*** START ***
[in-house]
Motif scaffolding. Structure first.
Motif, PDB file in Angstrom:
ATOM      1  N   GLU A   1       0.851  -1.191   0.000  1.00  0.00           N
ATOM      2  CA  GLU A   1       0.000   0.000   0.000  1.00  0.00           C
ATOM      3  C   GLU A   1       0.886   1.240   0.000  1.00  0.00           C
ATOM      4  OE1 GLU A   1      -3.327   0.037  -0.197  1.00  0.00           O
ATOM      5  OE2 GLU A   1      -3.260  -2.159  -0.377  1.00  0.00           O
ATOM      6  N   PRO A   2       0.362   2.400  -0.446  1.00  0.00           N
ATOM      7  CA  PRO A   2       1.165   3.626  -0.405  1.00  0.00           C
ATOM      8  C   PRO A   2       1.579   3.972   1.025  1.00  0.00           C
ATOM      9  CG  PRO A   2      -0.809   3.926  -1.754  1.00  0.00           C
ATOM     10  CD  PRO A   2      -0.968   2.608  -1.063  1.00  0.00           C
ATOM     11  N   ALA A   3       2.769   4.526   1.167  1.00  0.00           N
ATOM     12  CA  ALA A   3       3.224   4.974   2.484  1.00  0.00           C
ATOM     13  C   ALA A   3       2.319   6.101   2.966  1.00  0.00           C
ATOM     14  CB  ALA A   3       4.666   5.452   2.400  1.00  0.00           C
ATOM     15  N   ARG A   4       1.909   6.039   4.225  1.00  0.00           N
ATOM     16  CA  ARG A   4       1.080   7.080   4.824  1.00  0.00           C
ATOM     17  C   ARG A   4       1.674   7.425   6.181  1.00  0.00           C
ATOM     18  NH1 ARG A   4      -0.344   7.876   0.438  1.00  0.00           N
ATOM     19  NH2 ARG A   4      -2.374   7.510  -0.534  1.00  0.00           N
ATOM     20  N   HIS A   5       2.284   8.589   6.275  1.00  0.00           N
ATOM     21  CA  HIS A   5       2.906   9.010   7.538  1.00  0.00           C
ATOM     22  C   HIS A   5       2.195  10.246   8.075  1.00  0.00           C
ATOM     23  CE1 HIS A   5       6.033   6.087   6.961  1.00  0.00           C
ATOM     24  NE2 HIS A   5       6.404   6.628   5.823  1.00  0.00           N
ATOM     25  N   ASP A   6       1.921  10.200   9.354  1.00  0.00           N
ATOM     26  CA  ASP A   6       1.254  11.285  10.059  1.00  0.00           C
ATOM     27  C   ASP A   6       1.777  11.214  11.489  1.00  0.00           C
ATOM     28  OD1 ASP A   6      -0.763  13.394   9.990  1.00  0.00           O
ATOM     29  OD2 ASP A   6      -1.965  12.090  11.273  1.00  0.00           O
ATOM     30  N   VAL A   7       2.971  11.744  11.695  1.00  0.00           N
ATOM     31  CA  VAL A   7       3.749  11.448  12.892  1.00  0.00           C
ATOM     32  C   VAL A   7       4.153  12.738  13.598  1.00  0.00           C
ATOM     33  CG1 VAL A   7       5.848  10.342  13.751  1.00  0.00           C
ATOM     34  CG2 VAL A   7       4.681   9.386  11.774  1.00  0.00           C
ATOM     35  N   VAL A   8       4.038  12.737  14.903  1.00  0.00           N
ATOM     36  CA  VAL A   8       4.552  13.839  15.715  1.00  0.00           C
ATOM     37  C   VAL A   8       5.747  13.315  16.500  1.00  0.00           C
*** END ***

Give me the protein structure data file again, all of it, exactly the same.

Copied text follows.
[in-house]
Motif scaffolding. Structure first.
Motif, PDB file in Angstrom:
ATOM      1  N   GLU A   1       0.851  -1.191   0.000  1.00  0.00           N
ATOM      2  CA  GLU A   1       0.000   0.000   0.000  1.00  0.00           C
ATOM      3  C   GLU A   1       0.886   1.240   0.000  1.00  0.00           C
ATOM      4  OE1 GLU A   1      -3.327   0.037  -0.197  1.00  0.00           O
ATOM      5  OE2 GLU A   1      -3.260  -2.159  -0.377  1.00  0.00           O
ATOM      6  N   PRO A   2       0.362   2.400  -0.446  1.00  0.00           N
ATOM      7  CA  PRO A   2       1.165   3.626  -0.405  1.00  0.00           C
ATOM      8  C   PRO A   2       1.579   3.972   1.025  1.00  0.00           C
ATOM      9  CG  PRO A   2      -0.809   3.926  -1.754  1.00  0.00           C
ATOM     10  CD  PRO A   2      -0.968   2.608  -1.063  1.00  0.00           C
ATOM     11  N   ALA A   3       2.769   4.526   1.167  1.00  0.00           N
ATOM     12  CA  ALA A   3       3.224   4.974   2.484  1.00  0.00           C
ATOM     13  C   ALA A   3       2.319   6.101   2.966  1.00  0.00           C
ATOM     14  CB  ALA A   3       4.666   5.452   2.400  1.00  0.00           C
ATOM     15  N   ARG A   4       1.909   6.039   4.225  1.00  0.00           N
ATOM     16  CA  ARG A   4       1.080   7.080   4.824  1.00  0.00           C
ATOM     17  C   ARG A   4       1.674   7.425   6.181  1.00  0.00           C
ATOM     18  NH1 ARG A   4      -0.344   7.876   0.438  1.00  0.00           N
ATOM     19  NH2 ARG A   4      -2.374   7.510  -0.534  1.00  0.00           N
ATOM     20  N   HIS A   5       2.284   8.589   6.275  1.00  0.00           N
ATOM     21  CA  HIS A   5       2.906   9.010   7.538  1.00  0.00           C
ATOM     22  C   HIS A   5       2.195  10.246   8.075  1.00  0.00           C
ATOM     23  CE1 HIS A   5       6.033   6.087   6.961  1.00  0.00           C
ATOM     24  NE2 HIS A   5       6.404   6.628   5.823  1.00  0.00           N
ATOM     25  N   ASP A   6       1.921  10.200   9.354  1.00  0.00           N
ATOM     26  CA  ASP A   6       1.254  11.285  10.059  1.00  0.00           C
ATOM     27  C   ASP A   6       1.777  11.214  11.489  1.00  0.00           C
ATOM     28  OD1 ASP A   6      -0.763  13.394   9.990  1.00  0.00           O
ATOM     29  OD2 ASP A   6      -1.965  12.090  11.273  1.00  0.00           O
ATOM     30  N   VAL A   7       2.971  11.744  11.695  1.00  0.00           N
ATOM     31  CA  VAL A   7       3.749  11.448  12.892  1.00  0.00           C
ATOM     32  C   VAL A   7       4.153  12.738  13.598  1.00  0.00           C
ATOM     33  CG1 VAL A   7       5.848  10.342  13.751  1.00  0.00           C
ATOM     34  CG2 VAL A   7       4.681   9.386  11.774  1.00  0.00           C
ATOM     35  N   VAL A   8       4.038  12.737  14.903  1.00  0.00           N
ATOM     36  CA  VAL A   8       4.552  13.839  15.715  1.00  0.00           C
ATOM     37  C   VAL A   8       5.747  13.315  16.500  1.00  0.00           C